For 2nd Suffolk the pace of war had suddenly quickened. After the advance to Rumilly, their next allotted objective was to take the village of Seranvilliers.
The attacks of the past days caused casualties which necessitated the reorganisation of the Battalion. The Adjutant, Captain William French Burman, was promoted to Second in Command of the Battalion and Lieutenant Coote, a young subaltern was pressed into the role.
Looking out from Battalion HQ, 2/Lieut. Bailey could see the position in the valley below him. “The Companies were seen in position by 2/Lt. W.G. Bailey. 3 Coys in front ‘’X’ on the right in touch with 2nd Rifles, ‘Z’ in the centre, and ‘Y’ on the left in touch with the Kings Liverpool, with ‘W’ Company in support”.
At 4.30am, Zero hour, the advance began. “The Red Line was captured without much resistance” and the Battalion pressed onto the second line objective, the “Green Line”. In fact the advance was so swift that just after 10.00am, they were close to the village of La Targette; almost the entire distance covered from the Canal du Nord to Rumilly in one great advance. “A number of prisoners were taken in the village and in shell holes” wrote the War Diary. Then, orders were received to work around the south of the village and wait for a fresh attack by the Battalion in the north to go in, and they would then rejoin them on the other side of the village.
Then came a counter order, to withdraw back 200 yards from La Targette and collect the troops on the left, who had floundered. “These orders came up just in time but there was no barrage and heavy casualties resulted. The enemy shelled our forward positions very heavily for some hours. At dusk the fire died down and the enemy retreated leaving a few machine guns in La Targette.” Remaining where they were, the 1st Gordon Highlanders took the village with relative ease the following morning at daybreak. Later that day, the Guards took over the Suffolk positions and retired back to Havrincourt.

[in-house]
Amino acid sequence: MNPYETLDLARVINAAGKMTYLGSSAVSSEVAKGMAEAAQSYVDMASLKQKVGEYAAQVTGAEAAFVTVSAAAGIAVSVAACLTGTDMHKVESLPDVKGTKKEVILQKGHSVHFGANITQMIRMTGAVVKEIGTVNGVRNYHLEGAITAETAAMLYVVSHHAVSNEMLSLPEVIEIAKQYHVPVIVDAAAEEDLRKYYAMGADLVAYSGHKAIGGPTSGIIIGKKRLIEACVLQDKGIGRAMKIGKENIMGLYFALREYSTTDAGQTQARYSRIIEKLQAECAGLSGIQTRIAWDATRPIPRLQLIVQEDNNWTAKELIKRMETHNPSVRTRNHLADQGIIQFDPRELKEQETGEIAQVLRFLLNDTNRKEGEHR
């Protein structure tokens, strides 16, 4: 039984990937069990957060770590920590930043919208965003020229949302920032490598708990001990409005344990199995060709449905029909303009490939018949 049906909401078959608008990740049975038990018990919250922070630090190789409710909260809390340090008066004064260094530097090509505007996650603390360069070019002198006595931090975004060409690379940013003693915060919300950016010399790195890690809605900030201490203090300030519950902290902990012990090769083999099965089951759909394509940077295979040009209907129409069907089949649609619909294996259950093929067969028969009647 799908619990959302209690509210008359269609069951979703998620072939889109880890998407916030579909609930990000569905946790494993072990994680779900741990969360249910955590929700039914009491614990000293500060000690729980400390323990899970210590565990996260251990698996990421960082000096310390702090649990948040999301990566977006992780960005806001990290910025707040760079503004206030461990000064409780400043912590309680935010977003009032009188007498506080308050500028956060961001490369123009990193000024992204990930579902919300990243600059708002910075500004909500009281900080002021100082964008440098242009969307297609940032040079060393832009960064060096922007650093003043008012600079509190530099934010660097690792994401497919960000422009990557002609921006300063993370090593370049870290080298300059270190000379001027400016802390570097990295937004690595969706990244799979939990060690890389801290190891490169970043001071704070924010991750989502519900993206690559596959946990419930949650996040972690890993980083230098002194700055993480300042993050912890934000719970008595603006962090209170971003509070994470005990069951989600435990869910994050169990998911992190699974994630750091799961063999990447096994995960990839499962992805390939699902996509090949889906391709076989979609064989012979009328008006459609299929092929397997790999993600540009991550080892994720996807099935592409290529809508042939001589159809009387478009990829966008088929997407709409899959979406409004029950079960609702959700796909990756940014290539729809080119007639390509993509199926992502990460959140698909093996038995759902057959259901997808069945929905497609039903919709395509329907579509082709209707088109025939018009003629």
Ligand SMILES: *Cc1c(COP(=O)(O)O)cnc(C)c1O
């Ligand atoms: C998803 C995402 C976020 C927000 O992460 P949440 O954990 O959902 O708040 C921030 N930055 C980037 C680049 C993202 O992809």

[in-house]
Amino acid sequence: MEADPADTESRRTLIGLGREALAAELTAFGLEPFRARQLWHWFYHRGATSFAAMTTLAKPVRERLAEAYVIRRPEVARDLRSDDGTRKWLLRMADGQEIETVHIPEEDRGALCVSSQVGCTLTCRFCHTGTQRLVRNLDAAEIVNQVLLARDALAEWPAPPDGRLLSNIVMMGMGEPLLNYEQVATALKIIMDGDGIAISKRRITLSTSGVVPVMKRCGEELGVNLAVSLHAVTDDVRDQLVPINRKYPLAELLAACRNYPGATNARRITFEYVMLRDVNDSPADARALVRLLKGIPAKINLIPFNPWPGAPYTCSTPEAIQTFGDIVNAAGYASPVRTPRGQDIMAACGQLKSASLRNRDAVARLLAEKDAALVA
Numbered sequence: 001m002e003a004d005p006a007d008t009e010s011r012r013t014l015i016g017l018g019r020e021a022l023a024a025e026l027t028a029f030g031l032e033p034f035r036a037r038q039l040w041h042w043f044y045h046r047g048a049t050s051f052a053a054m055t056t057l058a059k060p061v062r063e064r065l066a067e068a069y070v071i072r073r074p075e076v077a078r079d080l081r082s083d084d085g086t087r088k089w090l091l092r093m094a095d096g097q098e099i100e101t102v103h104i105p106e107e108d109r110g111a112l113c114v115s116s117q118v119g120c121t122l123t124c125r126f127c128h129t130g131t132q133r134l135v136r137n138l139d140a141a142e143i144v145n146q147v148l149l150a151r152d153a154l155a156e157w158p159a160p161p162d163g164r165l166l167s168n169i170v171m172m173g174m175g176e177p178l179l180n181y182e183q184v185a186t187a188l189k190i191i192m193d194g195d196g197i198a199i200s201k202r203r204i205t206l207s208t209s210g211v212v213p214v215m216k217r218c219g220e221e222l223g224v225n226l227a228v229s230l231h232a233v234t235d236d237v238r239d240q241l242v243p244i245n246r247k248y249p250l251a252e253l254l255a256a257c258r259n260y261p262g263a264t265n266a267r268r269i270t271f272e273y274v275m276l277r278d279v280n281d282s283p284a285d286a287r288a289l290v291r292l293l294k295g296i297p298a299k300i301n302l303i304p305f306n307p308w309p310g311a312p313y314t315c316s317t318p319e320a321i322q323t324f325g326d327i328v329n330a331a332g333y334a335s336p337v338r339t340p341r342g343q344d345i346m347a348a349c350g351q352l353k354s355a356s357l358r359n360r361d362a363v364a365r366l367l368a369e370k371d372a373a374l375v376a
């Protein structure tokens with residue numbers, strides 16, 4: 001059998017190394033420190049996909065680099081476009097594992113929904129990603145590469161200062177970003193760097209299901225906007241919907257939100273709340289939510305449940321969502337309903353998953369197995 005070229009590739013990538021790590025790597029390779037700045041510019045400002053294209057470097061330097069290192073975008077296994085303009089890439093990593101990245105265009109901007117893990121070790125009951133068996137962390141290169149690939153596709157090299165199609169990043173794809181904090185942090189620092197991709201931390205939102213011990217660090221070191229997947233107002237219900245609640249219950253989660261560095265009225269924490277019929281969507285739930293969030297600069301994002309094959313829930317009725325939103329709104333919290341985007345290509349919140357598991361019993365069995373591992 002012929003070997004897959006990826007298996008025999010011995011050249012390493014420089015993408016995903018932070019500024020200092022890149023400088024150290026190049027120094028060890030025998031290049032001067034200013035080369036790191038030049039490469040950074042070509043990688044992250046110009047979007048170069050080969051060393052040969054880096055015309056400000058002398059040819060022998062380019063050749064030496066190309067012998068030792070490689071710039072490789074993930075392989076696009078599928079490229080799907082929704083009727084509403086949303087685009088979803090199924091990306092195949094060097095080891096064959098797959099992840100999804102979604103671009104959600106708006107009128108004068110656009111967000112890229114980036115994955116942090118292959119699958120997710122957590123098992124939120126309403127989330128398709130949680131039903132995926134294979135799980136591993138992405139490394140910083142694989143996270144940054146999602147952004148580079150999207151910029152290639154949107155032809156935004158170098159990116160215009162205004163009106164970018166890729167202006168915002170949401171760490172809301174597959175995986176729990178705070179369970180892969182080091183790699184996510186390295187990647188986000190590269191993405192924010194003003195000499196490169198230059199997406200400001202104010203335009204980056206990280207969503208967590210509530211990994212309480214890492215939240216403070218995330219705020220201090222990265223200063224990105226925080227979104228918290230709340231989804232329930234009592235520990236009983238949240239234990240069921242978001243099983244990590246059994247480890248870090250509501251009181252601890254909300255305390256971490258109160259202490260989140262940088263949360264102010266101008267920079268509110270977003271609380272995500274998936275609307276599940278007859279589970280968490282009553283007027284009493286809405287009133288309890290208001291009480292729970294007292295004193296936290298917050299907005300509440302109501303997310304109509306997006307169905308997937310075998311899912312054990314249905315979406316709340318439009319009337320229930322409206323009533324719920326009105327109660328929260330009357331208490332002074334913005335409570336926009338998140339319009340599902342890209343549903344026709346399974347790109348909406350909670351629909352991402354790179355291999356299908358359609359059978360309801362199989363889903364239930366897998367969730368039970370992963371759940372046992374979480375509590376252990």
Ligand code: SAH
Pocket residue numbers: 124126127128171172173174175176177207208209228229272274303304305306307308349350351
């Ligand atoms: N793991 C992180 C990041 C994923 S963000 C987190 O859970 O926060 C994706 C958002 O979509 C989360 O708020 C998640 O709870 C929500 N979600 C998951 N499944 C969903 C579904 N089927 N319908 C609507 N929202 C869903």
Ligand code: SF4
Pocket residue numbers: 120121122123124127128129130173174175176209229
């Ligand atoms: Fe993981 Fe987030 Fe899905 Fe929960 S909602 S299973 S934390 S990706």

The day had not been without loss. Ten other ranks killed and 104 wounded. The highest loss rate for some months. One of those to fall was No. 23464, Private Bert Robinson. A 27 year old from Cambridge, he was typical of those conscripted in 1917 into the Army. By those days of 1918, the largest majority of men in the ranks of 2nd Suffolk were conscripts.
Officers too suffered heavily depleting already thin ranks. Out in front with their men, five were wounded in the attack: 2/Lieut. Pridcock, Lieut. Percy, Lieutenant Cooper, Lieut. Raven, Lieut. Thursby. With the exception of Thursby, who had been with the Battalion since July, all the other had joined the Battalion in the last few weeks. Now, there were more 2/Lieutenants and lieutenants, than Captains and Majors. Three of the four Company’s were commanded by Lieutenants.
With thanks to www.ww1cemeteries.com for the image of Bert
Welcome to our online 'blog' charting the history of the many Battalions of the Suffolk Regiment and the part they played in the Great War.
Starting back in March 2014, we have recorded the events of 100 years ago on the centenary of their happening.
Keep checking back to see how the Great War is progressing for the men of the Suffolk Regiment.